Here’s every Australian and NZ Game in the Indie Bundle for Palestinian Aid

The Indie Bundle for Palestinian Aid has reached its $500k goal in just three days. Let’s look at the local games showing solidarity.

In just three days, the Indie Bundle for Palestinian Aid has already surpassed its fundraising goals of $500k for UNRWA for Palestinian Aid. In a monumental community effort that collects over 1000 games, the bundle features Liyla and The Shadows Of War, a Palestinian-made narrative platformer that explores the experience of a child during the 2014 Gaza War, as well as games from around the world. Included in the bundle are a huge number from the Australian and New Zealand gamemaking community, who took this opportunity to show solidarity with Palestine. 

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The local games included cover a huge range of genres, styles, and approaches, from browser-based art games like Mohamed Chamas’ ALEPH {A Life}, which was created in response to Marwa Helal’s poem [[:”.’.,:]]( REMIXED, to resources like Alexander Swords’ narrative design ebook, The Forest Paths Method of Narrative Design. In fact, if you can’t pick just one game to try out, why not try ten at once, with Andrew Karalis’ 10-in-1 Games and Prototypes, which he also contributed to the bundle?

Image: 10-in1 Games and Prototypes

If you’re looking for a puzzle game, the bundle includes the tightly wound chemistry puzzle and Indiecade 2013 finalist, Sokobond. For something more minimalist, there’s Polyphonic LP’s music puzzle app, Resynth, and for sheer cosmic elegance, you might try Ari Velasquez’ Astronomia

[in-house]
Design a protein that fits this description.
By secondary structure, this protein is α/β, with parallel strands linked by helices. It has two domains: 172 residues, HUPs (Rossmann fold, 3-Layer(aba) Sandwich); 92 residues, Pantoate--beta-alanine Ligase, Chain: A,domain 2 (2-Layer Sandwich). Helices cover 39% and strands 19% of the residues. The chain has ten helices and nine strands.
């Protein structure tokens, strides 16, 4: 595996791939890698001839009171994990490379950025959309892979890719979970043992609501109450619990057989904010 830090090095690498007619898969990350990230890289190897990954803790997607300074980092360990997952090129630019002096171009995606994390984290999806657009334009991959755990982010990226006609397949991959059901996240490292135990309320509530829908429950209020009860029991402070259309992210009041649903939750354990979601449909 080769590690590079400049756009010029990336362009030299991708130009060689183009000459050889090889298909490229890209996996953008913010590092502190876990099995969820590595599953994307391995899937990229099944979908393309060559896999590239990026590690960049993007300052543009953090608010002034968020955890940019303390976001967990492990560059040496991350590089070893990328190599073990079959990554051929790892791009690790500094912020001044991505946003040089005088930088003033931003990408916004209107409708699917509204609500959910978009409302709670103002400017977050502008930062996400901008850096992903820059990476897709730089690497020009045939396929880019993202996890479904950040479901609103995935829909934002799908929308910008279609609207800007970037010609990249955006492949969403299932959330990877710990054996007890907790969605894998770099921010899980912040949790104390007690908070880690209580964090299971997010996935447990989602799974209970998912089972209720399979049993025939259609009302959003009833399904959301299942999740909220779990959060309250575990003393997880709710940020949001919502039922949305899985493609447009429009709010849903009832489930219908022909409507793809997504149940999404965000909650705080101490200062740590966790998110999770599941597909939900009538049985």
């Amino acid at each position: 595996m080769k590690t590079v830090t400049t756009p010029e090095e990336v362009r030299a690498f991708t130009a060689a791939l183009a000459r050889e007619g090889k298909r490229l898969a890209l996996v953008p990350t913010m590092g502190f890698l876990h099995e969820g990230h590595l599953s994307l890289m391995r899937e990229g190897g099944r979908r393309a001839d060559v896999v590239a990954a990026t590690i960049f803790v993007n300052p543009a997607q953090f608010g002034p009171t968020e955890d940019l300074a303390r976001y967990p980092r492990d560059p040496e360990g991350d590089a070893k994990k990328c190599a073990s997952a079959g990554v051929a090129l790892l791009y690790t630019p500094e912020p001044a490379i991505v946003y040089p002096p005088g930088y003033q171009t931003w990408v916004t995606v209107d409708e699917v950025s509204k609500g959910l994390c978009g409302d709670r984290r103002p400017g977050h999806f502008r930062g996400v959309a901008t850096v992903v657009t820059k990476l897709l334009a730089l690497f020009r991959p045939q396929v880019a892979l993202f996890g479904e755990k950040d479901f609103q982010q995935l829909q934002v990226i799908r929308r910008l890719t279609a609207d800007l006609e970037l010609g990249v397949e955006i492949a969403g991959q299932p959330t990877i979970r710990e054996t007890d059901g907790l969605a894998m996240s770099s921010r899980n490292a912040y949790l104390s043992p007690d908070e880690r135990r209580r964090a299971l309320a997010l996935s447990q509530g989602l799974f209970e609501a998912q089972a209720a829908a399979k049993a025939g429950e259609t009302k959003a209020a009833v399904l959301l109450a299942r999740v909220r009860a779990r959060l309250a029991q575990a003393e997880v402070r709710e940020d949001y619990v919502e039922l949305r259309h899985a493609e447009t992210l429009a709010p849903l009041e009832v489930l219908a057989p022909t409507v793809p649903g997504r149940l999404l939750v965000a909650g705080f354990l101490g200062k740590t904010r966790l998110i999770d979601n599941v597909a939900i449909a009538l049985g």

‘Being from Australia as well puts this into a bit of sharper relief – we live on colonised lands; the fight here for sovereignty is linked to the fight for Palestine. To pretend otherwise just feels wrong.’

Max Myers 

Mini Metro, from Auckland-based studio Dino Polo Club, won Best Audio as well as three other nominations in 2016, and an honourable mention for Best Debut at the GDC Awards; it’s a stylish, visually pared back puzzle game that tasks the player with designing subway layouts for a rapidly expanding city. 

Image: Mini Metro

Blending challenge with rich narrative, Limiter by Sydney-based developer Alex Knowles gives the player a unique narrative view into the perspective of a fictional AI, who interprets the world through puzzles. Players after a real challenge could try Hacknet, by lauded Australian designer Matt Trobbiani. Hacknet is an immersive, terminal-based hacking simulator that puts the player in the position of hacker and investigator, as you follow the instructions of a recently deceased hacker, whose death may not have been the accident the media reports. 

If you’re looking for an eerie, ambient exploration game, Daniel Linssen’s Sandstorm would be perfect for you. By contrast, if you want something totally silly, Eatvolve is a ridiculous platforming adventure where you guide a lowly worm through ridiculous evolutions by eating other creatures and taking on their traits, and Crawl Space lets you go on an adventure  as a six-legged spider.